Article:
A guide for the rest of us

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The For Dummies set of reference books/instruction manuals has for years been sold as a non-intimidating guide for ordinary mortals and in its early days used to feature the wording in the title as a reassuring means of gaining sales from Joe and Jane Soap (or John and Jane Doe for readers on the west cost of the Atlantic. Ed.).

The series’ follow the bouncing ball style of guidance has over the years been ridiculed and that ridicule in turn used to good advantage to mock those clearly out of their depths in their chosen profession or – heaven forbid – public office to which they have been elevated.

Which brings us to the alleged government’s current Secretary of State for Foreign, Commonwealth and Development Affairs, one Elizabeth Mary Truss.

Liz, as she prefers to be called, has the reputation of not being very bright, but that is no obstacle to high public office in the kakistocracy presided over by party-time alleged prime minister Alexander Boris de Pfeffel Johnson.

She is however, a fully paid-up member of the two clubs to which all government ministers and Tory Party loyalists are now supposed to belong, the Cult of Brexit and the Cult of the Adoration of the Boris.

And it is in relation to the first cult that this post is being penned.

In the mid-18th century a song was composed exhorting Britannia to rule the waves. Since Brexit one is more likely to see Britannia waiving the rules – as is currently being threatened by the British government in respect of the Northern Ireland Protocol, a treaty between the English Empire (which some still call the United Kingdom . Ed.) and the European Union, which has the status of international law.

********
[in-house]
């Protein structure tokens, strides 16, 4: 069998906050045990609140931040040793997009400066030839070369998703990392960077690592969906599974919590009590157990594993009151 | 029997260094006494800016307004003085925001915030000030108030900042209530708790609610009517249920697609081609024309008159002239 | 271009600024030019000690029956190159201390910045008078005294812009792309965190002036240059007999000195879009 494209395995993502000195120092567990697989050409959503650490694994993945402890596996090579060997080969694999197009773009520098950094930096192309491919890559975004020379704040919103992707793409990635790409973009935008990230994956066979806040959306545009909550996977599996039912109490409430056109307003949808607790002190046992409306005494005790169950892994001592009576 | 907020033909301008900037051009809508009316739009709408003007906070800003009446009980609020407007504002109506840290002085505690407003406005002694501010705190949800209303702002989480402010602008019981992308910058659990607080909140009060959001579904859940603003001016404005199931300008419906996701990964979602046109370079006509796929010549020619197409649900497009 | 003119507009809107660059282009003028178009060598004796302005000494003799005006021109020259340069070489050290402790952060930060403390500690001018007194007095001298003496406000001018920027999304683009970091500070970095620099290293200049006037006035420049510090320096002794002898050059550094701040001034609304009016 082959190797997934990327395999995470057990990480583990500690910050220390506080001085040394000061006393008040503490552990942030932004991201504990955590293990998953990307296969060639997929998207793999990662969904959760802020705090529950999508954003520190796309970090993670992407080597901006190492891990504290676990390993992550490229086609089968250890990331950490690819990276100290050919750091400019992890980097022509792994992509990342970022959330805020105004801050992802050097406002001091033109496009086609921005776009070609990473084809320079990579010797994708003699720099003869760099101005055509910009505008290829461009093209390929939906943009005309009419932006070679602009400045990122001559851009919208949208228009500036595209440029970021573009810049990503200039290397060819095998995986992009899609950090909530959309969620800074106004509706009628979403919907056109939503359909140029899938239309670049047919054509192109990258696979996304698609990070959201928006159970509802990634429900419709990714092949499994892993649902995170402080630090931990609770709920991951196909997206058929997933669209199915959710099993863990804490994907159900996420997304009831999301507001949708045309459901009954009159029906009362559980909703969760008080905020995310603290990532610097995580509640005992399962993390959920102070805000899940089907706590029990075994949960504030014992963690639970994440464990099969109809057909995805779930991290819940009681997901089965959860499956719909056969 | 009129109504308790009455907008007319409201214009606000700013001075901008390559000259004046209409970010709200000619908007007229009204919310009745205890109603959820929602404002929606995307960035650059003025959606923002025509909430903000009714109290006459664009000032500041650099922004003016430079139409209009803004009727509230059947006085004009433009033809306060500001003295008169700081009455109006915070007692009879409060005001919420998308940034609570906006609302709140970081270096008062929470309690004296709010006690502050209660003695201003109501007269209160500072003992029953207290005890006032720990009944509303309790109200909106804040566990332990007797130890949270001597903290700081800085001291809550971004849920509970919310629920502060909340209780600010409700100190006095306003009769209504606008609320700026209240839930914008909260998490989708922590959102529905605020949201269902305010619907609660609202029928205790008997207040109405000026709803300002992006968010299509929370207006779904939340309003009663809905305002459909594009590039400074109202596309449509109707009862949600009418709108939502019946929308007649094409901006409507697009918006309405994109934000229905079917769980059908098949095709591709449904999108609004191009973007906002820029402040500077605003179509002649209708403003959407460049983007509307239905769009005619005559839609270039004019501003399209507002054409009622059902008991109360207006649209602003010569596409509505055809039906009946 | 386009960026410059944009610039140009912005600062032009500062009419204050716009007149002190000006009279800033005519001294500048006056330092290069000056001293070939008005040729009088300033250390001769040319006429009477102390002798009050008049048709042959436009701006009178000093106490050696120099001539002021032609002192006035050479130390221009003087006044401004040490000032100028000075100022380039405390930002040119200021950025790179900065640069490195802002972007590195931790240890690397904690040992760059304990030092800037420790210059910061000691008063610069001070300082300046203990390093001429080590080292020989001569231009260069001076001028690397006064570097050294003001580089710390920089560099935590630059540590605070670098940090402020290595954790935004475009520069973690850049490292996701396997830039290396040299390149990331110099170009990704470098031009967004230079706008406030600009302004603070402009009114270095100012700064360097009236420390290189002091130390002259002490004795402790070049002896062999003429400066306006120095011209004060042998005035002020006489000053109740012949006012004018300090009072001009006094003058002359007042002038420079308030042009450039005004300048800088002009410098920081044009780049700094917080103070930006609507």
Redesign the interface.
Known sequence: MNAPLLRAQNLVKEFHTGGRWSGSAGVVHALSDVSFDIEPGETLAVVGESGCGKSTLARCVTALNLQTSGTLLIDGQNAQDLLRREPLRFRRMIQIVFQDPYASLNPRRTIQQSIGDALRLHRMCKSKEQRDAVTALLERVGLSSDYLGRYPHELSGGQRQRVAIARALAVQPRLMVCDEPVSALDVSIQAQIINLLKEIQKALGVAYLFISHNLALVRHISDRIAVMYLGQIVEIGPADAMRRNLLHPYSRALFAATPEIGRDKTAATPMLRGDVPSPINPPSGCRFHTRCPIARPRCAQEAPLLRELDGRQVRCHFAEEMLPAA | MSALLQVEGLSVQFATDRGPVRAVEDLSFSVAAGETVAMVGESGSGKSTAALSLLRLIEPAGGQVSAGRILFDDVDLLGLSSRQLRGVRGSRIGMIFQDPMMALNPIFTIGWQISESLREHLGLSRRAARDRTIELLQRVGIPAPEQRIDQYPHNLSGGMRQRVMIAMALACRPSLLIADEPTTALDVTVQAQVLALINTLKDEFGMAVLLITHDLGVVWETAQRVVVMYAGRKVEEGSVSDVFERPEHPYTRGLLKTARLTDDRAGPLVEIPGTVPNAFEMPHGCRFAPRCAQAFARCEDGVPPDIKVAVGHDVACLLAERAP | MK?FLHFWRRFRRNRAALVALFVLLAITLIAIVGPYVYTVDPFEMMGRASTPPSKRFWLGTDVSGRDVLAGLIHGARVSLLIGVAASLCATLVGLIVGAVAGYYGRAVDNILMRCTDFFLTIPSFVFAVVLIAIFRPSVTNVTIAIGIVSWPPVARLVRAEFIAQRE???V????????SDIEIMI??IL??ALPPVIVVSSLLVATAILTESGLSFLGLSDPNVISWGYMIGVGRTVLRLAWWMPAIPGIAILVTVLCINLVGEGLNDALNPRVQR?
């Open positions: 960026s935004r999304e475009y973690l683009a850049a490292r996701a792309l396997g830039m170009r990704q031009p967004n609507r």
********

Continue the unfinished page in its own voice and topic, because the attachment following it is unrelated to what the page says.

Reading between the lines, it is obvious that Johnson and his government have no intention of honouring by the Protocol and are currently seeking to tear it up, with Truss making a statement to this effect yesterday in the House of Commons.

Which brings us once again the Dummies and the inspired piece of parody.

Parody book cover entitled International Law With Dummies

As regards the references in the image to pork markets and a limited and specific way, a search engine is your friend. 😀

Needless to say, the antics of Johnson and Truss have not been warmly received by the EU Commission.

Truss’ plans will also send a clear message to states with whom the government may seek to conclude a trade deal that the British government’s word is not to be trusted.

To hark back once again to another phrase coined in the 18th century, perfidious Albion is alive and well.

More Bristol borkage

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Yesterday’s trip into Bristol’s Quarter of Mammon (aka the city’s central shopping district consisting of the dire post-war Broadmead centre, Galleries and Carboot Cabot Circus. Ed.) yielded another example of borked technology to add to the collection begun last week on my visit to the City Museum & Art Gallery (posts passim).